Figure 3 Axial CT myelogram at the level of the T1-T2 neural foramen with the patient in the right lateral decubitus position demonstrating free communication of intrathecal contrast into the right pleural space and gas extending into the thecal space.

All procedures described here were performed in accordance with the ethical standards of the institutional research committee and with the Helsinki Declaration (as revised in 2013). Written informed consent was obtained from the patient for publication of this case report and accompanying images. A copy of the written consent is available for review by the editorial office of this journal.


VATS is a viable approach to resection of apical mediastinal tumors. As compared to open surgery or a combined VATS-posterior open approach, VATS involves less blood loss and postoperative pain as well as shorter hospitalization (2). Additionally, the minimally invasive approach does not sacrifice visualization of critical nearby neurovascular structures. In any approach, excellent understanding of thoracic anatomy is essential to avoid intra- and post-operative complications.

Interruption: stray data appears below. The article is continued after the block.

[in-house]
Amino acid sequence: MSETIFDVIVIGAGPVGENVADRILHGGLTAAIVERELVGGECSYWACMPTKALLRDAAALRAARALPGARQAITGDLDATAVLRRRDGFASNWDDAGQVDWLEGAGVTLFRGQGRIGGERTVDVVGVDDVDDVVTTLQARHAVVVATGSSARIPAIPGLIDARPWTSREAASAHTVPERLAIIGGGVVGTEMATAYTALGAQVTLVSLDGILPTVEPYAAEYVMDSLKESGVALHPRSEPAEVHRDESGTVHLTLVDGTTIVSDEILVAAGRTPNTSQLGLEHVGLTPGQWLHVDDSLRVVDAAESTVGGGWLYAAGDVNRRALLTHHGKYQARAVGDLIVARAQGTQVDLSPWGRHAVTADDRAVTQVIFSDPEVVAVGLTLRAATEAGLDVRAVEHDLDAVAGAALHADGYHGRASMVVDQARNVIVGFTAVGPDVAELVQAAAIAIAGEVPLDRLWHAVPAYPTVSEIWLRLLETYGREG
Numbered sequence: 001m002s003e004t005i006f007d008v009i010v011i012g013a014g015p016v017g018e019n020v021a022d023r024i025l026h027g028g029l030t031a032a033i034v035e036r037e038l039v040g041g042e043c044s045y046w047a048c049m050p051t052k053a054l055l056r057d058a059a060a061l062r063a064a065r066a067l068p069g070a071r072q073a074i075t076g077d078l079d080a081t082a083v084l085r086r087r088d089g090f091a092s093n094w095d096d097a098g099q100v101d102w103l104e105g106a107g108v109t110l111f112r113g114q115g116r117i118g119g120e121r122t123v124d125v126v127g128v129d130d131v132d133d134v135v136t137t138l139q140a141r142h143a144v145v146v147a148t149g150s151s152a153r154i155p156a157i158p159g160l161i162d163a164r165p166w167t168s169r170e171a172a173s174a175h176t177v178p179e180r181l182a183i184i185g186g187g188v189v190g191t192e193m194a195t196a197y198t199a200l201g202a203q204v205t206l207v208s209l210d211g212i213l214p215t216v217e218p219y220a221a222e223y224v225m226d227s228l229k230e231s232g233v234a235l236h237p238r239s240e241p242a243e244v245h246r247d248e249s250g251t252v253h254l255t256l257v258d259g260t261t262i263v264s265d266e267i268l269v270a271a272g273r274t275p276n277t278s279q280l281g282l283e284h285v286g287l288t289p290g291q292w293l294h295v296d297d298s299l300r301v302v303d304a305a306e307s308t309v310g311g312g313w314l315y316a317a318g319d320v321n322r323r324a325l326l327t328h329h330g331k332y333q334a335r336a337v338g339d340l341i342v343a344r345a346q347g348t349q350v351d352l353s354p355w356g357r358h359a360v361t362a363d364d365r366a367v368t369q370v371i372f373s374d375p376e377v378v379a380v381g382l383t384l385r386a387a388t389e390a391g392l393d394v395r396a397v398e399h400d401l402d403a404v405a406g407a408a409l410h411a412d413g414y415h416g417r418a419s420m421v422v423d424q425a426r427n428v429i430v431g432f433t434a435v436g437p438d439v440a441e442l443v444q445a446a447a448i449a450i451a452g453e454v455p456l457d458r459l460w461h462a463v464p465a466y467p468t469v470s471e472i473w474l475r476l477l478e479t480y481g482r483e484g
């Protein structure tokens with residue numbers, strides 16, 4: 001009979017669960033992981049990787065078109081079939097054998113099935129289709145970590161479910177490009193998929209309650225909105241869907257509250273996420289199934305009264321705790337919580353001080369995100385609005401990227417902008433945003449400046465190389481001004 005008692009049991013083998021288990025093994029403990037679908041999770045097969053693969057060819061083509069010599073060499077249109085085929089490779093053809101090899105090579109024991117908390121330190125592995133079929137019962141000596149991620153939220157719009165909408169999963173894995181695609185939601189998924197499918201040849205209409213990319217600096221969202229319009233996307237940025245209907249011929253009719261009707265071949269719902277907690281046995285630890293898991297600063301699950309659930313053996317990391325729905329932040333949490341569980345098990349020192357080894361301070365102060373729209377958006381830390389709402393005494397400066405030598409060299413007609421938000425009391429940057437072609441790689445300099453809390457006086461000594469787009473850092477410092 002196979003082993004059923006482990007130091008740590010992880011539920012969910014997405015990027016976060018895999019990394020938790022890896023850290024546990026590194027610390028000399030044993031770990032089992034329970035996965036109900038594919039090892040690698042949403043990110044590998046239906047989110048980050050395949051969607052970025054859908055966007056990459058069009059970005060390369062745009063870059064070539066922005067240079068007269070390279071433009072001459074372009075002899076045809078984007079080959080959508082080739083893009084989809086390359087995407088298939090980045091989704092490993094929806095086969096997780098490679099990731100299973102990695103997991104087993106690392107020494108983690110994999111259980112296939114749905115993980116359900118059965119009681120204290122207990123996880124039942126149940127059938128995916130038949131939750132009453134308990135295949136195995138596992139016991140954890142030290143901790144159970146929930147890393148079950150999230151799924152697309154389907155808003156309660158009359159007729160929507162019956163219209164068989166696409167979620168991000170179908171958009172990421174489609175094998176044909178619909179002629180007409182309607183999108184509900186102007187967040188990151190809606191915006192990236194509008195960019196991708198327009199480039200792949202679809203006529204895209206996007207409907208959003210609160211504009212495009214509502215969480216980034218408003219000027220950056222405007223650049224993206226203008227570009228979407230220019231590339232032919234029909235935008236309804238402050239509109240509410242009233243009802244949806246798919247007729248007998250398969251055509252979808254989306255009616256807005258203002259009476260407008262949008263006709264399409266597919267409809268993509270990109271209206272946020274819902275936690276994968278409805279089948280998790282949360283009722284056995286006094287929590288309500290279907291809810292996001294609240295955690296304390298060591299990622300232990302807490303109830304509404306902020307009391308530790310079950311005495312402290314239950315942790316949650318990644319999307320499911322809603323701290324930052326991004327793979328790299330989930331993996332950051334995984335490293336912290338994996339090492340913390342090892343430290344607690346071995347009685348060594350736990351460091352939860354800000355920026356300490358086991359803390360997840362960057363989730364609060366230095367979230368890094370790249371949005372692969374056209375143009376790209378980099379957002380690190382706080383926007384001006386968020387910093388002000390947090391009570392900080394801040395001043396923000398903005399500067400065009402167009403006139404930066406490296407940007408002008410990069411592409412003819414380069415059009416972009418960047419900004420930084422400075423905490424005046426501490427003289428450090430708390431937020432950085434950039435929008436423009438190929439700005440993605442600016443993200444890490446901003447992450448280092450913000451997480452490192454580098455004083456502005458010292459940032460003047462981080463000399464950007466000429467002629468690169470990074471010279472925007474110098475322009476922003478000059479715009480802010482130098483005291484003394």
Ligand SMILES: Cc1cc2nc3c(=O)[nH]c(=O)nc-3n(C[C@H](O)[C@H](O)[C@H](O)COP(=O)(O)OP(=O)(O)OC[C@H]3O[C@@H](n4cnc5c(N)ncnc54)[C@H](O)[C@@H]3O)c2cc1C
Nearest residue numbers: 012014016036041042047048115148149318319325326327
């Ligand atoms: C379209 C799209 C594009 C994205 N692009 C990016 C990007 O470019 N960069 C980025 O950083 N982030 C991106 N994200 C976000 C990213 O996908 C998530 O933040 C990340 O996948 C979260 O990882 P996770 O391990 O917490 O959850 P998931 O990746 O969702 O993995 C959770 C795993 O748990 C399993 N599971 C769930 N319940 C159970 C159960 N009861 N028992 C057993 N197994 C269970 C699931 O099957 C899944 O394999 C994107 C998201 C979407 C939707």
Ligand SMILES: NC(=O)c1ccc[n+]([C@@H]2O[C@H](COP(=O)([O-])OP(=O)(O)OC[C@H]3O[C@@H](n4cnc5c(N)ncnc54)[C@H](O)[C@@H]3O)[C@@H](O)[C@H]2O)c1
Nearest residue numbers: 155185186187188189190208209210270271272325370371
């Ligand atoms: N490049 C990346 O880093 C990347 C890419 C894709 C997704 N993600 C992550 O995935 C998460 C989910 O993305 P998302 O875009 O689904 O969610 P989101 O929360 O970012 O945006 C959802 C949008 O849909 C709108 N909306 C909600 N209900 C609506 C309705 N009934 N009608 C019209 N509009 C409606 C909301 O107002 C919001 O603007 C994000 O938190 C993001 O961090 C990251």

Appropriate preoperative evaluation is also key to patient selection and adequacy of resection. Magnetic resonance imaging is valuable for identifying intra-foraminal tumor extension, which may necessitate a combined VATS-posterior laminectomy approach (1,6). Residual tumor in the foramen places the patient at risk for tumor extension into the spinal canal with eventual compression of the spinal cord (3). In this case, minimal foraminal extension enabled complete resection via the chest. Additionally, the tumor must be of a size that can be removed via a VATS port (2). Morcellation of a large tumor should be avoided so as not to spread tumor in the rare event of incorrect diagnosis (2).